JOPLIN, Mo. —
A while back, we enjoyed a relatively calm meal at a restaurant. Granted, our perceptions of “calm” are somewhat skewed to envelop normal toddler and preschooler behavior, but still, it was a good outing.
Right until the very last minute.
We were just scooting out of our booth, full and satisfied, when my 4-year-old noticed something worth noticing. Another group of restaurant patrons were passing nearby, and my daughter voiced an observation: “Mama, look! That lady has a big, huge belly! She must have had a lot of dinner!”
My heart stopped, and I froze, mortified. It goes without saying that my daughter did not use a small voice. Her words carried across rows and tables like dandelion fluff on a hot summer breeze.
By the time my pulse returned Ñ with enough strength to flood my cheeks with color Ñ the lady in question had gone. I hoped her feelings weren’t hurt by an innocent observation, but I had no way of knowing. Was she a person to laugh at childish outbursts? Or one who would be cursing the parents of such a rude child?
And this isn’t the only incident of embarrassing observation we’ve endured. Everything from skin color (“Daddy, he’s brown!”) to hair style (“Mama, that girl is bald!”) to clothing choices (“Boys aren’t supposed to wear skirts!”) are up for grabs in a child’s mind. Their little brains are hardwired to soak up information and sock it away in nooks and crannies that will help form their experiences into knowledge. They’re built to observe.
Still, those observations can leave us parents awash in the wake of some very awkward situations. It sometimes feels like fate throws visually interesting humans into the paths of families with small children simply to watch the hilarity unfold. But very often, we’re not laughing until months later.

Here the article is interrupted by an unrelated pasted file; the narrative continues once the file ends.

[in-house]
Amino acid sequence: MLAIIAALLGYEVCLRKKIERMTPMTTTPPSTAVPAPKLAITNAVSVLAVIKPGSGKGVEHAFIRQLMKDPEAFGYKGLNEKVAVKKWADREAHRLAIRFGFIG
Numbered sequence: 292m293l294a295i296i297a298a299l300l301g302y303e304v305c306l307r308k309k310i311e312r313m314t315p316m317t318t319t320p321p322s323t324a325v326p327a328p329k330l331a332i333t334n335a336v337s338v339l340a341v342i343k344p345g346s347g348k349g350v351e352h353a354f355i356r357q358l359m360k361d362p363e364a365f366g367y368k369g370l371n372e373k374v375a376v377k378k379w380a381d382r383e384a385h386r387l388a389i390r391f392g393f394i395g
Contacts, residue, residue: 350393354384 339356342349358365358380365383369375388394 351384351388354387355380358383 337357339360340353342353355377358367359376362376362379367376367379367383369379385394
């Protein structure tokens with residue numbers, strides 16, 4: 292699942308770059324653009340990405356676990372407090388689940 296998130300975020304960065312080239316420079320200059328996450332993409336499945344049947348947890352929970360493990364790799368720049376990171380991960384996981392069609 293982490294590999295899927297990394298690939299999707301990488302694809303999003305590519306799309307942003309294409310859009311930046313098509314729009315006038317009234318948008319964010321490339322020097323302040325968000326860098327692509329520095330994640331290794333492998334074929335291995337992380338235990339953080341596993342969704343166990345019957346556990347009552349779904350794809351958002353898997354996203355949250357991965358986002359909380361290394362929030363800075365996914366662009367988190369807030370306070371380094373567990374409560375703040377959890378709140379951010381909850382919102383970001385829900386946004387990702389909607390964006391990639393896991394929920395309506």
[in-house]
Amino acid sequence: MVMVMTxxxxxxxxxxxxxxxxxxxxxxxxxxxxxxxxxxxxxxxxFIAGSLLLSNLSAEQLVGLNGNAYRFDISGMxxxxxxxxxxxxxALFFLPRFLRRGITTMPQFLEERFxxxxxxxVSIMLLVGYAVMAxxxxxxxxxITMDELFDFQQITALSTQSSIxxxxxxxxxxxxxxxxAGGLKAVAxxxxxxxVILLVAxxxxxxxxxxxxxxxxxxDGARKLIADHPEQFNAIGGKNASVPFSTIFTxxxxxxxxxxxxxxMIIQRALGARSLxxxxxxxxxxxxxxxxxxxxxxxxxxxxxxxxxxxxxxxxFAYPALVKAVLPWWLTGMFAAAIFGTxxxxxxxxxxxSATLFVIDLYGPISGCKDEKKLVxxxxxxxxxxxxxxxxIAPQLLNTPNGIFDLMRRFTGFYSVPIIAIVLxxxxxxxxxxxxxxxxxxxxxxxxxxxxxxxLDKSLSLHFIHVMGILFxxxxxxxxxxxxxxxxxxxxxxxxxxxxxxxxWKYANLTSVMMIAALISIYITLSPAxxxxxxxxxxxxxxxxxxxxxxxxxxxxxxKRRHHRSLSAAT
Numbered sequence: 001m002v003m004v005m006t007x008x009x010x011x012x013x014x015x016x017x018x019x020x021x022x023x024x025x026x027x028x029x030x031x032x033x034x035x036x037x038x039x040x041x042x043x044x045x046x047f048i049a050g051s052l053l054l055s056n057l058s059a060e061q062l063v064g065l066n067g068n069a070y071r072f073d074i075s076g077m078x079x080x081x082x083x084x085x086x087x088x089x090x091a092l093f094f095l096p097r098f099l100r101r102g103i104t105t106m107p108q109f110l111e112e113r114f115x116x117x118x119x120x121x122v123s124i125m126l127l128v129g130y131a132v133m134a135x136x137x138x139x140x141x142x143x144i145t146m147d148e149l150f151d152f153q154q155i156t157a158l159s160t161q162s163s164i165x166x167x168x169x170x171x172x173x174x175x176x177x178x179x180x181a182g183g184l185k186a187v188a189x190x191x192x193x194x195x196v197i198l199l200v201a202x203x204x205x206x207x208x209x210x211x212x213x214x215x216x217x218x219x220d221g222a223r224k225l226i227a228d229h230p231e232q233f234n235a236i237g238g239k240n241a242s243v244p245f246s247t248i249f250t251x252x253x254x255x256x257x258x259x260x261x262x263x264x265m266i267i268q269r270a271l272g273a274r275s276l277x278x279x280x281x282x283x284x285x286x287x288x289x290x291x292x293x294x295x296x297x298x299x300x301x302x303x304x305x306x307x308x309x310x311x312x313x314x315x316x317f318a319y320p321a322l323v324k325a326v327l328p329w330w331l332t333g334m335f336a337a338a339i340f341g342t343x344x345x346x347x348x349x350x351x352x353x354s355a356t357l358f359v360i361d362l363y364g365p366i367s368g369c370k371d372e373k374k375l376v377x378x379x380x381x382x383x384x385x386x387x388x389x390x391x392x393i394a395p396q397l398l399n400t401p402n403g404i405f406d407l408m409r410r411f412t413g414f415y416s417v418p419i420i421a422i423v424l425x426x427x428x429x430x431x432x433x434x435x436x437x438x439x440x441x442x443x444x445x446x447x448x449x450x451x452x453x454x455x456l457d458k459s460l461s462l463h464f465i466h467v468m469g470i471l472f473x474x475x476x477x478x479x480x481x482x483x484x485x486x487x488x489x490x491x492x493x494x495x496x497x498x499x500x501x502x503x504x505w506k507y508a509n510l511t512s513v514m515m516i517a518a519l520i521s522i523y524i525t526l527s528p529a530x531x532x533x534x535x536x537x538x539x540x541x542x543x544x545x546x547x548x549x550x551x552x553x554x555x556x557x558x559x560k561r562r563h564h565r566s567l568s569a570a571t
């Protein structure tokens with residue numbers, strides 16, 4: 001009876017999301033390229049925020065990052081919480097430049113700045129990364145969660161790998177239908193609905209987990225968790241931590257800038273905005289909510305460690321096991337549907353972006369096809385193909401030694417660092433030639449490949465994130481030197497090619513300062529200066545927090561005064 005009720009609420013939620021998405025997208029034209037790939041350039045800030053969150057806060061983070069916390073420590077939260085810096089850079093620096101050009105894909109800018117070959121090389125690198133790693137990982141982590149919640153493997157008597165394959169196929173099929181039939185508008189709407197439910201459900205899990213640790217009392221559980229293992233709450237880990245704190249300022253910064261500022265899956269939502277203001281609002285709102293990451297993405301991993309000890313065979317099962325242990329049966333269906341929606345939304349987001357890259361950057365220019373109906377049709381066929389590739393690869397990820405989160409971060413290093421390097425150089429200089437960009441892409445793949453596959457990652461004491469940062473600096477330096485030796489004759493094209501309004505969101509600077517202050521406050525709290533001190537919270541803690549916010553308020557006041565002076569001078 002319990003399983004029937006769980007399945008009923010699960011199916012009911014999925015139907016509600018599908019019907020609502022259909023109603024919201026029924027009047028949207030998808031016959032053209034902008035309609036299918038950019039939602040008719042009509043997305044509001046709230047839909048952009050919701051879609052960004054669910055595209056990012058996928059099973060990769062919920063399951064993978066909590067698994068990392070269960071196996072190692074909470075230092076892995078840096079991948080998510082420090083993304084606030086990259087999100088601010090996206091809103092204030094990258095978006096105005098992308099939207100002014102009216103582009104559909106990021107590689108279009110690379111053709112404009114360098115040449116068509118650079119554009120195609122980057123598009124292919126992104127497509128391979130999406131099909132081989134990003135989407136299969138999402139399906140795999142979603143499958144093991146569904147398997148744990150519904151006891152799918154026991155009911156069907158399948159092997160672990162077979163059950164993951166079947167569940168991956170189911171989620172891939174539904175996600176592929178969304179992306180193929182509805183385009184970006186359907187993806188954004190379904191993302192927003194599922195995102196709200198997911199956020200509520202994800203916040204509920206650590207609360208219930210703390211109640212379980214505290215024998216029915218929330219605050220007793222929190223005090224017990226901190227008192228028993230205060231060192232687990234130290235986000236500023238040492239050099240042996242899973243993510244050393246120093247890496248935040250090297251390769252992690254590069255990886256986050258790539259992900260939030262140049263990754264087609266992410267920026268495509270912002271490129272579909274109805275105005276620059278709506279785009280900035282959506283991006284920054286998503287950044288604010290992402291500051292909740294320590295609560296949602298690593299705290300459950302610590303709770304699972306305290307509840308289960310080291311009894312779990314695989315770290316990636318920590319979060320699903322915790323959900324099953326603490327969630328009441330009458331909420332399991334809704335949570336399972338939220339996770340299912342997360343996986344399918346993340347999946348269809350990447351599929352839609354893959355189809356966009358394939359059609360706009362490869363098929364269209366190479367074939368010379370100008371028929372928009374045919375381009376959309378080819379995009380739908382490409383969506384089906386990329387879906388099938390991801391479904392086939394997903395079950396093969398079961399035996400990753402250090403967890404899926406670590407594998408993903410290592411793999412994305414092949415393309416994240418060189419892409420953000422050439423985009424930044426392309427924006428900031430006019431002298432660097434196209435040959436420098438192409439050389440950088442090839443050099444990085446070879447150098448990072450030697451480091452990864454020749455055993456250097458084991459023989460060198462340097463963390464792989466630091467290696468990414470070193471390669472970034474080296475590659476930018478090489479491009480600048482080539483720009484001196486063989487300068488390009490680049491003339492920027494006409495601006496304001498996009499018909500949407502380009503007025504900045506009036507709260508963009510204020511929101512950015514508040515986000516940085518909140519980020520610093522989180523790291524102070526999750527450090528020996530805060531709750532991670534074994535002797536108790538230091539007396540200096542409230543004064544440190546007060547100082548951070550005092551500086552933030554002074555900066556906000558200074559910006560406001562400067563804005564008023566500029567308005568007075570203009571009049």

While we don’t need or want to stop our children from noticing the individuality of others, there comes a time when they can handle their interest tactfully. I honestly don’t know at what exact age that may be, as I suspect it depends upon the maturity of the child in question, but I do know that the teaching of tact and discretion are vital lessons at any age.
We were never so ready to undertake that task as we were after the “big, huge” statement. We talked about keeping thoughts on other people’s appearances to ourselves.
We told her that it’s OK to notice things about others, but that we never know what personal traits might be sensitive subjects. We said that if she notices something fascinating, to hold that thought quietly until she gets a chance to mention it in private to mom or dad.
If an especially interesting character approaches us and I know the temptation to blurt will be overpowering, I try to half-engage my child’s attention. I don’t steer her away Ñ the interesting person is not leprous Ñ but I remind her with raised eyebrows or a squeeze of the hand that she should be careful with her words. I remind her that words are powerful, people are valuable and the world is endlessly diverse.
Sometimes kids just want to know why somebody looks different, and expressing that interest is not bad. It feeds their never-ending curiosity while teaching them about society and personalities. With a little bit of practice at discretion, they can satisfy their inquisitiveness without turning their parents into blubbering, red-faced fools.
Sarah Coyne lives in Joplin. She writes about life and motherhood at her personal blog, http://thisheavenlylife. blogspot.com.